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Water Lettuce | Pistia stratiotes

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Publication Number: P3735-46
View as PDF: P3735-46.pdf

Floating | Non-Native

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Individual water lettuce plant mixed with duckweed.
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Water lettuce showing pale roots.
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Pond covered in water lettuce.

Water lettuce is a highly invasive species that floats on the water’s surface. It is thought to have been introduced to Florida before 1765. Typically, it grows no more than 9 inches above the water, but it can completely cover a waterbody and prevent sunlight penetration.

This species resembles a floating head of lettuce, with leaves arranged in rosettes. It has very thick, hairy, light dull green leaves with parallel ridges and no leaf stalk. The roots are pale and feathery, and the root system can grow deeply into the waterbody. Flowers are tiny and inconspicuous.

The species can reproduce by seed but more commonly uses vegetative reproduction. Stolons (runners) extend horizontally and form new daughter plants. This mode of reproduction is rapid and quickly produces mats that obstruct both human and wildlife use.

Management Value

Water lettuce is extremely invasive and should never be introduced. It can quickly cover the water’s surface and eliminate nearly all light penetration. Eradicate on first sign.

Recommended Controls

Option 1: Flumioxazin (4-pound formulation). For each gallon of water, mix 0.1 ounce flumioxazin and 1.3 ounces non-ionic surfactant. Use a buffering agent when mixing with water with pH greater than 7.0. Spray to wet all plants. Do not exceed annual herbicide rate limits as stated on the product label.

Option 2: Diquat (3.73-pound formulation). For each gallon of water, mix 1.28 ounces diquat and 1.3 ounces non-ionic surfactant water. Spray to wet all plants. Do not exceed annual herbicide rate limits as stated on the product label.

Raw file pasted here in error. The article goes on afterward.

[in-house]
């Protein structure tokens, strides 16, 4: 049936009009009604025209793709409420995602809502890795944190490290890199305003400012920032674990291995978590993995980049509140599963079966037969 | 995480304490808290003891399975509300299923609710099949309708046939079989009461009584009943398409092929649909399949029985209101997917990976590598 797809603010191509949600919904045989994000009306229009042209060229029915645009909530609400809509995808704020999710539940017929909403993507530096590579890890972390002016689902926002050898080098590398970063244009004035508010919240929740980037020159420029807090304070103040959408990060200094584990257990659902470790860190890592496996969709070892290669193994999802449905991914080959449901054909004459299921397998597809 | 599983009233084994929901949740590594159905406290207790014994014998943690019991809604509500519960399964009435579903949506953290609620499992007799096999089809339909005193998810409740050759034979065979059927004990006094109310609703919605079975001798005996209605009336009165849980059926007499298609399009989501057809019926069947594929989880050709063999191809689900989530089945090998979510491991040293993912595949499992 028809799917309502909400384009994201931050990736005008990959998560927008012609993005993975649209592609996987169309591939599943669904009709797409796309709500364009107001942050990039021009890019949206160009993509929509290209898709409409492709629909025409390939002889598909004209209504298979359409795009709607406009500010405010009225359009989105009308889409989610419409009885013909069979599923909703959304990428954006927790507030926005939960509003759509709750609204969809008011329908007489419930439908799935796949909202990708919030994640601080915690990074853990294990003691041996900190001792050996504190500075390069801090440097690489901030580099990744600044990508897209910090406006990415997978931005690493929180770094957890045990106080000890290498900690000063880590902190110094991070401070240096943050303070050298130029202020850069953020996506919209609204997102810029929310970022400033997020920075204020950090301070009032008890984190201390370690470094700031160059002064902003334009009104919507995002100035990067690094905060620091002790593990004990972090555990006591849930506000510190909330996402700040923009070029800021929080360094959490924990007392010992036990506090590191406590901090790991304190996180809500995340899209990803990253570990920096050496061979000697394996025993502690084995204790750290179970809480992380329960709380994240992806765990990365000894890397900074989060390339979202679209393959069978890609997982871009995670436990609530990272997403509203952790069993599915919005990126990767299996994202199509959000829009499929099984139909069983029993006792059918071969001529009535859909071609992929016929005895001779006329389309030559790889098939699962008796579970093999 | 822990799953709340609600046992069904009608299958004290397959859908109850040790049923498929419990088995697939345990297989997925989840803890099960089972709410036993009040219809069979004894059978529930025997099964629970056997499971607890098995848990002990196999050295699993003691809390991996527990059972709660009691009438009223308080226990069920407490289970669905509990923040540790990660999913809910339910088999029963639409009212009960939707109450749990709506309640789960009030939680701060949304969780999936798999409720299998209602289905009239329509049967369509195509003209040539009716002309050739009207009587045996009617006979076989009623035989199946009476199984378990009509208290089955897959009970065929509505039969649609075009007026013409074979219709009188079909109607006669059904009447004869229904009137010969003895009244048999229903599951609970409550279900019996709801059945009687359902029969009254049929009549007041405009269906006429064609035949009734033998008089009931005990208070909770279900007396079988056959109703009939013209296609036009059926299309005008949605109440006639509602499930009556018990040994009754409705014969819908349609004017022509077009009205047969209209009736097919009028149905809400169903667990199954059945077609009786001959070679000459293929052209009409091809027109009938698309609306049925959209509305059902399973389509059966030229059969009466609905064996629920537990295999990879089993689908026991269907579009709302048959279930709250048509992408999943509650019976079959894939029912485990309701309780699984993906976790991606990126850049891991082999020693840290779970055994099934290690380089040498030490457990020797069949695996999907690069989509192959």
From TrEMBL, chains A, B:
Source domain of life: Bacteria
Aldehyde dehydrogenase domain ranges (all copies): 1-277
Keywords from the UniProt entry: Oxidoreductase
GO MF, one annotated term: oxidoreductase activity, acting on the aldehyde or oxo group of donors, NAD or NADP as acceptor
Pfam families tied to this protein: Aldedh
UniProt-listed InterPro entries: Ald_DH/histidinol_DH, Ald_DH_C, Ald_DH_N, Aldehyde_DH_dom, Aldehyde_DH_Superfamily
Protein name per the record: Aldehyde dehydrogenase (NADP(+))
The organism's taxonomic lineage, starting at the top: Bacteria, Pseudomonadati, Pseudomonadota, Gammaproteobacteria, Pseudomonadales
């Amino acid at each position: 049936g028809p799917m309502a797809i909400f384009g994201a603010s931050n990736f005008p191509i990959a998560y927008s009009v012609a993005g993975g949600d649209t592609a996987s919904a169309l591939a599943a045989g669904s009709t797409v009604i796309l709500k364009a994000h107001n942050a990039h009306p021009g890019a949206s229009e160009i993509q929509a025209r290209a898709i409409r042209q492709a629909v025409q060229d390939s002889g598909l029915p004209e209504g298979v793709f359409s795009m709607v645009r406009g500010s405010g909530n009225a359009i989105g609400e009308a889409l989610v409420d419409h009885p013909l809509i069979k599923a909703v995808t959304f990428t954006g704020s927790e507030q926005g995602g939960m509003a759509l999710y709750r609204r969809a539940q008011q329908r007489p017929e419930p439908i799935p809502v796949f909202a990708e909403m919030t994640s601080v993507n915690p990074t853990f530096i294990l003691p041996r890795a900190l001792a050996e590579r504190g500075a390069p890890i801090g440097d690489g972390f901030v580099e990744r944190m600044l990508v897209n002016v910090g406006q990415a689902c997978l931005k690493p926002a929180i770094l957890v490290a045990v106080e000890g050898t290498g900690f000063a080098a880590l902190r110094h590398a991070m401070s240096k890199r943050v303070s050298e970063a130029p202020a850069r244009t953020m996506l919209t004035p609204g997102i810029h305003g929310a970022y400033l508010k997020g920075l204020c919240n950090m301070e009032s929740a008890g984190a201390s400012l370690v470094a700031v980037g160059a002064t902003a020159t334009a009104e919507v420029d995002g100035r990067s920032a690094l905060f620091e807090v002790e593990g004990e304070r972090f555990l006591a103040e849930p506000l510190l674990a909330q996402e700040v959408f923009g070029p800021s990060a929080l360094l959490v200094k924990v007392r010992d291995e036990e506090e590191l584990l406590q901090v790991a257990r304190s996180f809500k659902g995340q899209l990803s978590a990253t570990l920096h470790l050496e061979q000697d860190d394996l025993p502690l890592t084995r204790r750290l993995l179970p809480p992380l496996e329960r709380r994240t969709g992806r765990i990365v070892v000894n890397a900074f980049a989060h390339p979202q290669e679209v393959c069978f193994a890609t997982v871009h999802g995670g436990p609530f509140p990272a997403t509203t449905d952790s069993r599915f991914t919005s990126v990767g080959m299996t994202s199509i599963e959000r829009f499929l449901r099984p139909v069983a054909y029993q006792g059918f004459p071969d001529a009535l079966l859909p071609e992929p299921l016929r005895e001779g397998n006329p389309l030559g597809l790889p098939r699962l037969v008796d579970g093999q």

When treating severe water lettuce infestations, treat one-third of the pond at a time, with at least 2 weeks between applications. After the entire pond has been treated, a repeat whole-pond application may be necessary to eliminate remaining plants.

Read and follow all chemical label instructions, especially the section on the use of personal protection equipment.

Photo Credits Top: Leslie J. Mehrhoff, University of Connecticut, Bugwood.org; Middle: Russell Engel, Arizona Game and Fish Department

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Funding provided by the Aquatic Nuisance Species Program of the U.S. Fish and Wildlife Service, Grant Award F18AP00260 to the Mississippi Department of Environmental Quality. Additional funding and support provided by the MSU Extension Service.

The information given here is for educational purposes only. References to commercial products, trade names, or suppliers are made with the understanding that no endorsement is implied and that no discrimination against other products or suppliers is intended.

Publication 3735-46 (POD-11-23)

By Wes Neal, PhD, Extension/Research Professor, Wildlife, Fisheries, and Aquaculture; Dennis Riecke, Fisheries Coordinator, Mississippi Department of Wildlife, Fisheries, and Parks; and Gray Turnage, PhD, Assistant Research/Extension Professor, GeoSystems Research Institute.

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Authors

Portrait of Dr. Wes Neal
Extension/Research Professor
Fisheries Extension
Asst Extension/Research Prof

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